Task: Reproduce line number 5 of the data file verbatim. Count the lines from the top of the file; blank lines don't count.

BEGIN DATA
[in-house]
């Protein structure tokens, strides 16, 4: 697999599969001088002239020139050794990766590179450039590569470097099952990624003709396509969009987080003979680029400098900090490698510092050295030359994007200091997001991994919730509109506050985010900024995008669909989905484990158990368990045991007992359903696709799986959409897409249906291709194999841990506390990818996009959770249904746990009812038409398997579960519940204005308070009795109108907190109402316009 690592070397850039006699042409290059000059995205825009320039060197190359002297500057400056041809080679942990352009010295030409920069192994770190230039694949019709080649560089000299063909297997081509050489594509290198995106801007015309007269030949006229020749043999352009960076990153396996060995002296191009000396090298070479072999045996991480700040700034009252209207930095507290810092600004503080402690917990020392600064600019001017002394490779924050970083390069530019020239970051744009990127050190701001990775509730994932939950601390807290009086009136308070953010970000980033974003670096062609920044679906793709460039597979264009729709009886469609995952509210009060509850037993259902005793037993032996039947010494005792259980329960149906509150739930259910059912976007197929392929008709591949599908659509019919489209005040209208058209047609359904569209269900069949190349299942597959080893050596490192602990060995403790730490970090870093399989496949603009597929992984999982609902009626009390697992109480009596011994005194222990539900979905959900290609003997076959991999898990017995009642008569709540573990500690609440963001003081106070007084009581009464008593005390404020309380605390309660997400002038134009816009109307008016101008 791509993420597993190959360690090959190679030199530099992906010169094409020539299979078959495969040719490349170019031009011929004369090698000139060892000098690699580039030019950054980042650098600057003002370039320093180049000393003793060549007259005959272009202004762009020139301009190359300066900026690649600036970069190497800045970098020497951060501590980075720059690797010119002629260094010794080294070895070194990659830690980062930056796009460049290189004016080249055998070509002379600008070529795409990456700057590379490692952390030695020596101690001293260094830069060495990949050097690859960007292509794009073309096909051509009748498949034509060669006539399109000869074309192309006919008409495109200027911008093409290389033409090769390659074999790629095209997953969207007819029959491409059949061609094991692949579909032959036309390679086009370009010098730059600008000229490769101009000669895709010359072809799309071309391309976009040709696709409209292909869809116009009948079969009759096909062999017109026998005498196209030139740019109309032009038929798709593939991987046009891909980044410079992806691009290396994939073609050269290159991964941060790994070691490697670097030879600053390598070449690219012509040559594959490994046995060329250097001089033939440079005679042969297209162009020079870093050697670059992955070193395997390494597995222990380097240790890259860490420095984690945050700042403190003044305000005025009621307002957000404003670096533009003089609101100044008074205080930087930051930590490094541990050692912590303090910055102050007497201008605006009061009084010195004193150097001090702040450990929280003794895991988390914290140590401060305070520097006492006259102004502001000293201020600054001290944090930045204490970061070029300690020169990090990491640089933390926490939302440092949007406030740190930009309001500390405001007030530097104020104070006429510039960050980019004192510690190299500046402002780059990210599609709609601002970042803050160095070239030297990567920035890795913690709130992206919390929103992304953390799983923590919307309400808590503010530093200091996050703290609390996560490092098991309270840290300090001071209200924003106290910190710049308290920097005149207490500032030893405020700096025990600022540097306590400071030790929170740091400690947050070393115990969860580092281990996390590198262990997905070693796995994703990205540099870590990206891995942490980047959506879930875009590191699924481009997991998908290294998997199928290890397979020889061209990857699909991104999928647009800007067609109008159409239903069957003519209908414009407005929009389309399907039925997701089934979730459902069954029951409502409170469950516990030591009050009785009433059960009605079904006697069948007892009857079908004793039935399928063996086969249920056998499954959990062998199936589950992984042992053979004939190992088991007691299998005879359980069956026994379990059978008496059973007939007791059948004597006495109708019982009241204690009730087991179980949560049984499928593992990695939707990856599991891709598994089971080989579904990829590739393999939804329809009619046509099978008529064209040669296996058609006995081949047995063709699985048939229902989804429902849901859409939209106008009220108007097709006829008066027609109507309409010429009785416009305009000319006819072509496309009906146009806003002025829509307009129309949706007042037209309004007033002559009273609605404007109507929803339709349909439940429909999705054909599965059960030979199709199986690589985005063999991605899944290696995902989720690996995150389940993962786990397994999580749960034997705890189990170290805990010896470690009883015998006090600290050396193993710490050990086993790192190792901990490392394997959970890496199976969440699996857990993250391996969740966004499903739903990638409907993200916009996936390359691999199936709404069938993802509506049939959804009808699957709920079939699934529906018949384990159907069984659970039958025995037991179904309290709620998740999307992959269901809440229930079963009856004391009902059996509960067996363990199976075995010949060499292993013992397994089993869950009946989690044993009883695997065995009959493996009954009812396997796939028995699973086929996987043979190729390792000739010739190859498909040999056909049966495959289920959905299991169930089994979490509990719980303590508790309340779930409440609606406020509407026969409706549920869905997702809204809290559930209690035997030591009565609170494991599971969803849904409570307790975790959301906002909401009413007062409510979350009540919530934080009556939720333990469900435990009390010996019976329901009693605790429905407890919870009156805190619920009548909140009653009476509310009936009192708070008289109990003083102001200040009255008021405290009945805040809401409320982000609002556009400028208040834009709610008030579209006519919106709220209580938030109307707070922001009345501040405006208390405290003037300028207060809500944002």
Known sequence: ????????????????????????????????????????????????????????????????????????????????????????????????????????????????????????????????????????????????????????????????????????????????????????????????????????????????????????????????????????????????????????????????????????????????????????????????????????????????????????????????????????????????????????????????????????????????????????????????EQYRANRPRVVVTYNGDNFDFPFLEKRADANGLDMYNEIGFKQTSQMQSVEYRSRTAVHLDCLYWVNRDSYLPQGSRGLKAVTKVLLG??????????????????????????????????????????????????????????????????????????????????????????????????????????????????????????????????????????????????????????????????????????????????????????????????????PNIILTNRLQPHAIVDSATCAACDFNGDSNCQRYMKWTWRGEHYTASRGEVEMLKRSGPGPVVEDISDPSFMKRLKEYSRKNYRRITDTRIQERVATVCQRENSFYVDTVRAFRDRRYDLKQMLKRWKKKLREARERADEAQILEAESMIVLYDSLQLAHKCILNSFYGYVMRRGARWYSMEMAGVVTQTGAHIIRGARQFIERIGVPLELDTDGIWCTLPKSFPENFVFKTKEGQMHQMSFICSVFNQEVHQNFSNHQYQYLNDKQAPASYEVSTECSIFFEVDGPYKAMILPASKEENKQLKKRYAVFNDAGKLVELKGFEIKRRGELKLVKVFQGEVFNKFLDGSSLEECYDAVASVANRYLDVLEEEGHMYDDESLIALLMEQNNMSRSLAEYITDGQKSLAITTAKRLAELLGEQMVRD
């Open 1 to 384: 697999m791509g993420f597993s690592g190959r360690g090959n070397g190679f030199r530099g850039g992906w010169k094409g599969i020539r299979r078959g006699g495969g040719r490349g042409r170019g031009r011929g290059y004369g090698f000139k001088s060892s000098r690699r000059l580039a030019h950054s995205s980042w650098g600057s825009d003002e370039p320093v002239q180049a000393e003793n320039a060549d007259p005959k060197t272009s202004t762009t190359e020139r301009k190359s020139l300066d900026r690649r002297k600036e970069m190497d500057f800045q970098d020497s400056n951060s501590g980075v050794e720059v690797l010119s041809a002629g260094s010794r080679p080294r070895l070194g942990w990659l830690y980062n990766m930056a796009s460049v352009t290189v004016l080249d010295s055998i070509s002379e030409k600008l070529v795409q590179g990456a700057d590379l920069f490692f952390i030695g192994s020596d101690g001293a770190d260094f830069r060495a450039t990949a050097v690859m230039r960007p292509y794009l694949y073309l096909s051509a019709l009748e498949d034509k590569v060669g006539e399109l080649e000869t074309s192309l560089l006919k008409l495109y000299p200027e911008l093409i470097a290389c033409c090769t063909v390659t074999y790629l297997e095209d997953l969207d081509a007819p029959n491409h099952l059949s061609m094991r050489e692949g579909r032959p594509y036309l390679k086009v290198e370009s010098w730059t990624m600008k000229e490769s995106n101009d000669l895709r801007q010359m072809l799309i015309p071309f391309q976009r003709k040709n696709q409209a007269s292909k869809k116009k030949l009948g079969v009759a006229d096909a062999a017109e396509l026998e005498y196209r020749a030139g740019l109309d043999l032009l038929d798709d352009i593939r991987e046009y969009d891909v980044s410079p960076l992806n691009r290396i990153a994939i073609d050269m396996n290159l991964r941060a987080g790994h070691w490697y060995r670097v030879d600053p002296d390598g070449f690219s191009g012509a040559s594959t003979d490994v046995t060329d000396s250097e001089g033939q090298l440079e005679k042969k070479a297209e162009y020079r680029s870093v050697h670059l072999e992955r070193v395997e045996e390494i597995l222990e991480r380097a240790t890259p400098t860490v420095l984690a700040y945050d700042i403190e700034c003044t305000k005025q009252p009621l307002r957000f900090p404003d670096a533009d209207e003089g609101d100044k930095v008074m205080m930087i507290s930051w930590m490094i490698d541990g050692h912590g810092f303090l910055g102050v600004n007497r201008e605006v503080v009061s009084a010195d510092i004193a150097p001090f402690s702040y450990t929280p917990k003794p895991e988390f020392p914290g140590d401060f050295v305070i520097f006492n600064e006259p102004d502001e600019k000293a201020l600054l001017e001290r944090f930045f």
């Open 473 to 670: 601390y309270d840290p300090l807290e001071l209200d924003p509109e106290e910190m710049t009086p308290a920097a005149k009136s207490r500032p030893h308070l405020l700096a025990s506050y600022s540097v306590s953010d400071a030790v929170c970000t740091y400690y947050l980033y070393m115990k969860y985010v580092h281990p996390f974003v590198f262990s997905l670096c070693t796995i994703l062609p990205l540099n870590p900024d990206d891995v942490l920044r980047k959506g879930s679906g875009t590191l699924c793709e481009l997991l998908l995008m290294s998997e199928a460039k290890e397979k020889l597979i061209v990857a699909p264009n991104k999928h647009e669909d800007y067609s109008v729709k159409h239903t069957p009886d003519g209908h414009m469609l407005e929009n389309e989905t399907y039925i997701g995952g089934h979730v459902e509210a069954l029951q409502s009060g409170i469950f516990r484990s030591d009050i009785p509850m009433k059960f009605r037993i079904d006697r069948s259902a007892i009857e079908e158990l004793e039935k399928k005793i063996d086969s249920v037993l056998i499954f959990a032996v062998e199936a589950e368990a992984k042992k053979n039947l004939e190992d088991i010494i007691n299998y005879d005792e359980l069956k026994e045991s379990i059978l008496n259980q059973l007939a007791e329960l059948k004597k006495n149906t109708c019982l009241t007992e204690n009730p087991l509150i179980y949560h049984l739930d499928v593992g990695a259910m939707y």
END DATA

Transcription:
């Open 473 to 670: 601390y309270d840290p300090l807290e001071l209200d924003p509109e106290e910190m710049t009086p308290a920097a005149k009136s207490r500032p030893h308070l405020l700096a025990s506050y600022s540097v306590s953010d400071a030790v929170c970000t740091y400690y947050l980033y070393m115990k969860y985010v580092h281990p996390f974003v590198f262990s997905l670096c070693t796995i994703l062609p990205l540099n870590p900024d990206d891995v942490l920044r980047k959506g879930s679906g875009t590191l699924c793709e481009l997991l998908l995008m290294s998997e199928a460039k290890e397979k020889l597979i061209v990857a699909p264009n991104k999928h647009e669909d800007y067609s109008v729709k159409h239903t069957p009886d003519g209908h414009m469609l407005e929009n389309e989905t399907y039925i997701g995952g089934h979730v459902e509210a069954l029951q409502s009060g409170i469950f516990r484990s030591d009050i009785p509850m009433k059960f009605r037993i079904d006697r069948s259902a007892i009857e079908e158990l004793e039935k399928k005793i063996d086969s249920v037993l056998i499954f959990a032996v062998e199936a589950e368990a992984k042992k053979n039947l004939e190992d088991i010494i007691n299998y005879d005792e359980l069956k026994e045991s379990i059978l008496n259980q059973l007939a007791e329960l059948k004597k006495n149906t109708c019982l009241t007992e204690n009730p087991l509150i179980y949560h049984l739930d499928v593992g990695a259910m939707y």